Diffusion of hydroxyl ions from intracanal calcium hydroxide (CH) through dentin is used to arrest external inflammatory root resorption. However, long-term and short-term CH placement has been associated with an increased risk of root fracture. Intracanal mineral trioxide aggregate (MTA) might provide an alternative to CH as a source of hydroxyl ions. This in vitro study compared the effects of intracanal MTA and CH on hydroxyl ion diffusion through dentin by measuring pH changes over time in simulated root surface resorption defects prepared in matched pairs of teeth; the null hypothesis tested was that there is no difference.
Root surface cavities were prepared 5 mm from the apex in extracted human permanent anterior teeth (21 matched pairs) and 7 additional teeth (controls). Root canals were instrumented to size 50/.04 and filled with either tooth-colored MTA (ProRoot) or CH (UltraCal XS); control teeth were filled with saline. The pH in root surface cavities was measured at 3 hours, 24 hours, 1 week, 2 weeks, 3 weeks, and 4 weeks.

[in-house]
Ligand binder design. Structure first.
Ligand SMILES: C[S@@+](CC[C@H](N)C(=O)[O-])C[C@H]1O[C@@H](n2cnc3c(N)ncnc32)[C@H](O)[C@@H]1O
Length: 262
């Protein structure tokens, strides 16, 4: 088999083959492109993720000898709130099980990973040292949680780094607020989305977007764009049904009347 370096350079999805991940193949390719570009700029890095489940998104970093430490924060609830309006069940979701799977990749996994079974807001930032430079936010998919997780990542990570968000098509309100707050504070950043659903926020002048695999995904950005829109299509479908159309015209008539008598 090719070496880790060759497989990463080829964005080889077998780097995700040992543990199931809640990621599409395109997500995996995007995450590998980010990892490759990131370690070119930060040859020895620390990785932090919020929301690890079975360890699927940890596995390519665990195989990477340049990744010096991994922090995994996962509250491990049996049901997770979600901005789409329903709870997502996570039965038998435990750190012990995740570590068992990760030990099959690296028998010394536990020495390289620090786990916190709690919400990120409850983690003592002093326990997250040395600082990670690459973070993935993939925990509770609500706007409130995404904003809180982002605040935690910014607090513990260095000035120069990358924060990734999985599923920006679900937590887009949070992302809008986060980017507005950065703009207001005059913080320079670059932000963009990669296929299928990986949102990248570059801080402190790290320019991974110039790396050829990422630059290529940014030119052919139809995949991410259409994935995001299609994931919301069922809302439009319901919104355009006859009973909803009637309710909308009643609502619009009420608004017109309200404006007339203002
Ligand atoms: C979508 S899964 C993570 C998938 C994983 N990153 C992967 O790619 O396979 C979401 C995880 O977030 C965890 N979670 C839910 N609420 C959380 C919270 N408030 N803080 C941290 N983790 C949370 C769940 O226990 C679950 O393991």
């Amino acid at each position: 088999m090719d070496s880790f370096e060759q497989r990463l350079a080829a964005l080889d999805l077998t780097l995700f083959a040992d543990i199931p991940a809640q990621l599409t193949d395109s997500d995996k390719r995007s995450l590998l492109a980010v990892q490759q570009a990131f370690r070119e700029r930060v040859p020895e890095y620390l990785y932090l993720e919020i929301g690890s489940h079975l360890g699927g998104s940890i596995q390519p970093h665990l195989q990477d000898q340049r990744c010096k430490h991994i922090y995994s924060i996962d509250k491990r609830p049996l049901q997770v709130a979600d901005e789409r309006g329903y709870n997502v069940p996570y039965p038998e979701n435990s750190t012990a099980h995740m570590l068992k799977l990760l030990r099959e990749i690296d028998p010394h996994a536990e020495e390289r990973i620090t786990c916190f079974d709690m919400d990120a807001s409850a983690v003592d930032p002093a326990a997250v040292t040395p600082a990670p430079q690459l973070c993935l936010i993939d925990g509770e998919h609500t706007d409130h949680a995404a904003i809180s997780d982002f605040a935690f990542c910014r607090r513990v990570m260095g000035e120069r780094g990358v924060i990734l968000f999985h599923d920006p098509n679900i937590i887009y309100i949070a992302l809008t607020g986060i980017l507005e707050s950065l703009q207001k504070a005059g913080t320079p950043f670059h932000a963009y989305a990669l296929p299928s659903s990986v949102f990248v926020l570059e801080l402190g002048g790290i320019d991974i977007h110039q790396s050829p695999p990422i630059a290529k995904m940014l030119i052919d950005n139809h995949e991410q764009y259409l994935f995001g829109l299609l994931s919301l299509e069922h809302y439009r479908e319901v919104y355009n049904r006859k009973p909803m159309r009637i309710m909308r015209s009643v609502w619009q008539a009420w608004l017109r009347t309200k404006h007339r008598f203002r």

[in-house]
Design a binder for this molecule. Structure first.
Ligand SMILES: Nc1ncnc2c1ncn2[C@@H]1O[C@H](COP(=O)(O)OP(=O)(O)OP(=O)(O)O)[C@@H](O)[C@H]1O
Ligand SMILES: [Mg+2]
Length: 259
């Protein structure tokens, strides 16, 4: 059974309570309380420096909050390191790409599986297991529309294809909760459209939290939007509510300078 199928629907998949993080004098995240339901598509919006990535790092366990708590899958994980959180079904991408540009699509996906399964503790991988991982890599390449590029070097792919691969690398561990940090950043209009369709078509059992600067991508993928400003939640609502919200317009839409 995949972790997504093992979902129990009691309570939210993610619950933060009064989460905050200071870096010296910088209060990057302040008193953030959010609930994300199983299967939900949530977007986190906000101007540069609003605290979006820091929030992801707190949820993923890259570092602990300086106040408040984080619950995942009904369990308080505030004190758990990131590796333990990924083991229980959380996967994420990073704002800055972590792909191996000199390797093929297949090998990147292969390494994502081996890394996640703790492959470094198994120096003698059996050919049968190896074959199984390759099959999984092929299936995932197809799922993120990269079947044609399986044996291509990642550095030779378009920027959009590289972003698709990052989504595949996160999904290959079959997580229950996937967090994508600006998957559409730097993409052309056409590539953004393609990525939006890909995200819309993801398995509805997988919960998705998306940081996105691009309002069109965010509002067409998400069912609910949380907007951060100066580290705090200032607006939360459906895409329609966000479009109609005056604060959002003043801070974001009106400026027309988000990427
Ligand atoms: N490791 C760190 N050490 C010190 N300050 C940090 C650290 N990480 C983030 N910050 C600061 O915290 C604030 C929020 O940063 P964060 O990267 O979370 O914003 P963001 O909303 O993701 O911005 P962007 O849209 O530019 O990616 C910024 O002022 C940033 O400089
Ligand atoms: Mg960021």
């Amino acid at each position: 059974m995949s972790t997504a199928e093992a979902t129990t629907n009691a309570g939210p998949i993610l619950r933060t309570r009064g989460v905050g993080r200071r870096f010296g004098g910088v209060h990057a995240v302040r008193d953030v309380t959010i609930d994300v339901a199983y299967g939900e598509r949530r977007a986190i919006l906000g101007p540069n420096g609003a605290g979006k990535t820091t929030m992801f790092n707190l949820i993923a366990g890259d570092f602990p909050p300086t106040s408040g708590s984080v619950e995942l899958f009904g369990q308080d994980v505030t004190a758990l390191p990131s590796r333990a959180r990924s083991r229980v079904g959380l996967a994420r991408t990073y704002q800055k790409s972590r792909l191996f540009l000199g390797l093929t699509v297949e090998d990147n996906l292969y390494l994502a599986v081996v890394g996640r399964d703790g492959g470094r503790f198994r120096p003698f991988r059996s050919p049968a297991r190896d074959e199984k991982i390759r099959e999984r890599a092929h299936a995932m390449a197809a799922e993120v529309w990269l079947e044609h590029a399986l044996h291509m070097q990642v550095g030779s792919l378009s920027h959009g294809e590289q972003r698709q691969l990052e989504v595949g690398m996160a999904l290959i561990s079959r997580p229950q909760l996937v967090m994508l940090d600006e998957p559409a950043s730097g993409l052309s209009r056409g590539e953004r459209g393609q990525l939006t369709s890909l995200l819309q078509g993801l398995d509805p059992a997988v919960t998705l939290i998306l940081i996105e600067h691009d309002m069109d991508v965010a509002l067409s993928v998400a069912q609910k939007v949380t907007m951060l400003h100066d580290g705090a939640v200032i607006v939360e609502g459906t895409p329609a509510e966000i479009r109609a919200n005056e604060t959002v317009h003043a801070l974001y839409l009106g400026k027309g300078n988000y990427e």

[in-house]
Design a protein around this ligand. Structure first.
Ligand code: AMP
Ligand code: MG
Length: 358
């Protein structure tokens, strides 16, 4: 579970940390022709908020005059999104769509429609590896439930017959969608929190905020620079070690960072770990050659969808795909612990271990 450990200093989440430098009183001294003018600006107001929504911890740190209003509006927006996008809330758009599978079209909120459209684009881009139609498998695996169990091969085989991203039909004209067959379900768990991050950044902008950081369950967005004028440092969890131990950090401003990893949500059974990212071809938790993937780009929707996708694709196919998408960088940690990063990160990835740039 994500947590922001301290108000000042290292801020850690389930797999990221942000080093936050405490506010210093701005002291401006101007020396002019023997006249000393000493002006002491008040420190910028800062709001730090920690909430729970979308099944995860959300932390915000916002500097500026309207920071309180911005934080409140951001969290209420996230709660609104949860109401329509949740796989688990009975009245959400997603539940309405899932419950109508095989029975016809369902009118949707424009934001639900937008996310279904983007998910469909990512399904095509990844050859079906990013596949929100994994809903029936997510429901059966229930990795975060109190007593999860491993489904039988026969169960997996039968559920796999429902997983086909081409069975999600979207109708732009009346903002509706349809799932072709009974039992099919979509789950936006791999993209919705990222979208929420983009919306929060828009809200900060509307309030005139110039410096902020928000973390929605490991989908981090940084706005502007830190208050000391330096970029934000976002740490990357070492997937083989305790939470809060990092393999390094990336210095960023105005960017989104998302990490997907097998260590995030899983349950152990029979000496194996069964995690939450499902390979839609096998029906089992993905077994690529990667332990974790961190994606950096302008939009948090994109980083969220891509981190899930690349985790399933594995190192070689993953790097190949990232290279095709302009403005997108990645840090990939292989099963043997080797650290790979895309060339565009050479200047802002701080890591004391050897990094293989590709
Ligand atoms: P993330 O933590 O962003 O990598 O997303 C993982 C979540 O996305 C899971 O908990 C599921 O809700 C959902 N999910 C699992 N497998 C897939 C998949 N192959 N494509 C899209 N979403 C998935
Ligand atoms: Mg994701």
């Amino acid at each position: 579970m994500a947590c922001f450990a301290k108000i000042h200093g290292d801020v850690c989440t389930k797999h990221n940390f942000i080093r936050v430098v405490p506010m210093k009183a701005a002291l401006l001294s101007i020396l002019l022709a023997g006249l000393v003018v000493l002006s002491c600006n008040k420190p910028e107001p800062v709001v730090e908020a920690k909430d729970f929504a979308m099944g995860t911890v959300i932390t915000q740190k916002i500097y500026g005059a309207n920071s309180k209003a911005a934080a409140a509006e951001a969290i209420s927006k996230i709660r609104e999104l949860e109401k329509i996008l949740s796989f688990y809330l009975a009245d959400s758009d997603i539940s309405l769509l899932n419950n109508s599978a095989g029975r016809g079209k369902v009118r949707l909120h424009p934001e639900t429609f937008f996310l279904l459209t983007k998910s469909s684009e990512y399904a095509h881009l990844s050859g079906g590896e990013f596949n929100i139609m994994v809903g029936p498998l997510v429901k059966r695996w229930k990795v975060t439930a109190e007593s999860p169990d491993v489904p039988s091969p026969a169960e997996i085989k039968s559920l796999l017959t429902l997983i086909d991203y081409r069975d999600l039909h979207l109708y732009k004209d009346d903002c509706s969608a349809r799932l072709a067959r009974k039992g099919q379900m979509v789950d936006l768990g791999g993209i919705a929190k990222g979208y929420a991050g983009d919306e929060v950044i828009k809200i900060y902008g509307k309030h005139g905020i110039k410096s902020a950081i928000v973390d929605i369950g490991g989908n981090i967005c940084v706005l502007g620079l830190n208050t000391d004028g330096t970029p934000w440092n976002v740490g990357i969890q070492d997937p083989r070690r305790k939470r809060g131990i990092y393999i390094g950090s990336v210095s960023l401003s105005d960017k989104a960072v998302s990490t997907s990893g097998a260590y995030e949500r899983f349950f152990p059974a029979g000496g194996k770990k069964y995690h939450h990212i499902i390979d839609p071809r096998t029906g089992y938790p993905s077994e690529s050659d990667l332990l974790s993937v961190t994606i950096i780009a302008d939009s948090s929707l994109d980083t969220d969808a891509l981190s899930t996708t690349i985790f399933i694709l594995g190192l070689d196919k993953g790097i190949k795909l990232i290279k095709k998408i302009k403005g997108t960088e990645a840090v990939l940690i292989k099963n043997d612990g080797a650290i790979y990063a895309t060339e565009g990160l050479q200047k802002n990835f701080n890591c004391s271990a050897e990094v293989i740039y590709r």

In controls, pH readings did not differ significantly during the 4 weeks (P > .05, repeated-measures analysis of variance [ANOVA]). For the experimental intragroup effects, significant pH changes occurred over time in the MTA group (P = .005, repeated-measures ANOVA) and the CH group (P < .0001). For the experimental intergroup effects, the overall mean pH was higher in the MTA group (8.66; standard error [SE], 0.07) compared with the CH group (8.46; SE, 0.07) (P = .014, paired t test). At 4 weeks pH was higher in the MTA group (8.30; SE, 0.16) compared with the CH group (7.90; SE, 0.11) (P = .011); at all other time points intergroup differences were insignificant. The null hypothesis was rejected.
Intracanal MTA and CH groups differed in their overall effect on pH measured in simulated root surface resorption defects. At 4 weeks intracanal placement of MTA compared with CH resulted in a small but significantly higher pH.
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